5 thoughts on “Hot drinks may cause cancer, but coffee does not, says WHO”

  1. We live in a worldwide MATRIX (web) of deceit.

    The Sun made our elements, birthed the solar system, and sustained the origin and evolution of life. The 1945 decision to unite nations and hide the source of energy in atomic bombs, in fact, induced social insanity, isolating humanity from the powerful creator, destroyer and sustainer of every atom, life and planet in the solar system, the pulsar core of the Sun.

    This current web of deceit and social insanity will be eliminated by the next super-solar eruption (that occurs every ~1,000 years and resets the stage of civilization), if not before.


  2. The rationale that because South Americans have a higher incidence of esophageal cancer and drink maté at a high temperature is meaningless when we’re supposed to eat meat that’s been cooked to 160°F. The lining of the esophagus and mouth are both mucosal and as such, have the same physiological matrix. Eating hot foods should therefore also result in higher rates of cancer in the mouth—but there isn’t any evidence to suggest temperature has anything to do with cancer.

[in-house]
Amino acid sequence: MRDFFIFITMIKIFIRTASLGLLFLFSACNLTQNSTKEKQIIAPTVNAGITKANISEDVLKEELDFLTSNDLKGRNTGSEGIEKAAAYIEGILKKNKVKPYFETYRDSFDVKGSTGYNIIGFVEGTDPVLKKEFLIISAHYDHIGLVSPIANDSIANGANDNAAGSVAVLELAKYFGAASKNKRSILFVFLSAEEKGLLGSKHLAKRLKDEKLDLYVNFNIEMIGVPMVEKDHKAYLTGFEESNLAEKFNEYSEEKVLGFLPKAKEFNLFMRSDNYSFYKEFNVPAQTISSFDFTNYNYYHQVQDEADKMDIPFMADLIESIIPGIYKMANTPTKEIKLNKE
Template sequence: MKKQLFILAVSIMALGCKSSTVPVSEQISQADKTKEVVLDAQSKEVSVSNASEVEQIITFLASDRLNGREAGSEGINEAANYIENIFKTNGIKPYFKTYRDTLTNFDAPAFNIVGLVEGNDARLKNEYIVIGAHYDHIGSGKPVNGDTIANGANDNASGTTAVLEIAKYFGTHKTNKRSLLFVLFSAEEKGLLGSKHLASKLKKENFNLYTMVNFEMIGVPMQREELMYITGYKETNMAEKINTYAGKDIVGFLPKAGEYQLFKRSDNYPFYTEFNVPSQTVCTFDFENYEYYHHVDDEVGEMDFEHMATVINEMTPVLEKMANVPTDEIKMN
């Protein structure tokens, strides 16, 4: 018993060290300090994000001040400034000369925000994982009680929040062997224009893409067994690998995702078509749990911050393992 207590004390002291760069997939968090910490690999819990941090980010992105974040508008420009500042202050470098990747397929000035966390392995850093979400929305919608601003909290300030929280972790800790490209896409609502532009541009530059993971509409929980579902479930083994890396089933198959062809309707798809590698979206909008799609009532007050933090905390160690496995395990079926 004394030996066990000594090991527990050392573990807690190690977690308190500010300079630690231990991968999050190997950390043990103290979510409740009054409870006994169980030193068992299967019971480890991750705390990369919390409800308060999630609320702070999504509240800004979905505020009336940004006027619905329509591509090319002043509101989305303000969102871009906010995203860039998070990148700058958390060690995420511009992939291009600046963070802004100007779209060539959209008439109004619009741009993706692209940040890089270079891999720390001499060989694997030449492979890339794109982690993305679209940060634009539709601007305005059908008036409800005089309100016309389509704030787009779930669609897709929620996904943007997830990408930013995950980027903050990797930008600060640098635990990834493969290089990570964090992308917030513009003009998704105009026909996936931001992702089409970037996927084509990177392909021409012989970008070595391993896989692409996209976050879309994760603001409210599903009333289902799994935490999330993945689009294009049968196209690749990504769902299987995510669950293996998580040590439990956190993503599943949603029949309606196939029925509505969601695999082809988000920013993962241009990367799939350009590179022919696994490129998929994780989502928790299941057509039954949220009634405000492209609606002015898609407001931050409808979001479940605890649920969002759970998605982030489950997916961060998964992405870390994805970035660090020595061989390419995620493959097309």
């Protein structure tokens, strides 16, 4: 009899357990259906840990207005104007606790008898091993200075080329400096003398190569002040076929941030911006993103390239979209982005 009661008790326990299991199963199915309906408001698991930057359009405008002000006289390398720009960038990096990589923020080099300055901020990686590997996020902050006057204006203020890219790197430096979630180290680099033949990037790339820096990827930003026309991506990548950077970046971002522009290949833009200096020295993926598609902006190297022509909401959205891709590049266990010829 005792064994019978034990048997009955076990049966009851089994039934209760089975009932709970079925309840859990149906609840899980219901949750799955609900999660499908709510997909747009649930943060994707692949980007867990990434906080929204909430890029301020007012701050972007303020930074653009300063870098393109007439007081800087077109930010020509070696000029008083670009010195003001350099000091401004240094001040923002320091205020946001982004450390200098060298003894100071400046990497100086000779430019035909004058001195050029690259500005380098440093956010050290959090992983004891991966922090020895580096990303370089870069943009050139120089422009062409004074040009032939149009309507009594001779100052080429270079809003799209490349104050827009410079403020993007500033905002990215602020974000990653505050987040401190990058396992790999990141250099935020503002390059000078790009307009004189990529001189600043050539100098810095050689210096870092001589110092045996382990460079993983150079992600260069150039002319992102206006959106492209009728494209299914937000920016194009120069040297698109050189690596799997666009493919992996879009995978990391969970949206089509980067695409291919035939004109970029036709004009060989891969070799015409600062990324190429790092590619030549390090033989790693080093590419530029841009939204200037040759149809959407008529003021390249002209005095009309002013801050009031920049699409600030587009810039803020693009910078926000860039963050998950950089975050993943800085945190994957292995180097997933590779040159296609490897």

I could have more easily said ‘correlation does not mean causation’ but honestly, this is such an exercise in so-called “experts” doing research with blinders on and brains turned off. I’m sick and tired of money being wasted on garbage like this!

  3. Furthermore, “rats and mice” are cited. How, pray tell, could an animal ingest something that hot unless it was force-fed? Yes, burn tissue repeatedly, eventually cell proliferation might go bad. Not to mention the barbarism of subjecting any being to such “experiments.”

    Just another piece of spin to make people feel it’s their personal “mistakes” that give them cancer–and deflect attention from the fact that cancer “research” is based on profiteering from the whipped-up fear.

  4. It is almost impossible to swallow beverages at 65° C:
    “After temperatures of 60°-65°C. the epidermis can be peeled off from the exposed area, leaving a punched-out exposed surface area somewhat like the exposed human blister.”
    Leach E. H., Peters R. A. and Rossiter R. J.
    Quarterly Journal of Experimental Physiology and Cognate Medical Sciences
    Volume 32, Issue 1, pages 67–86, May 22, 1943
    If something blisters the roof of your mouth, your throat refuses to swallow it.

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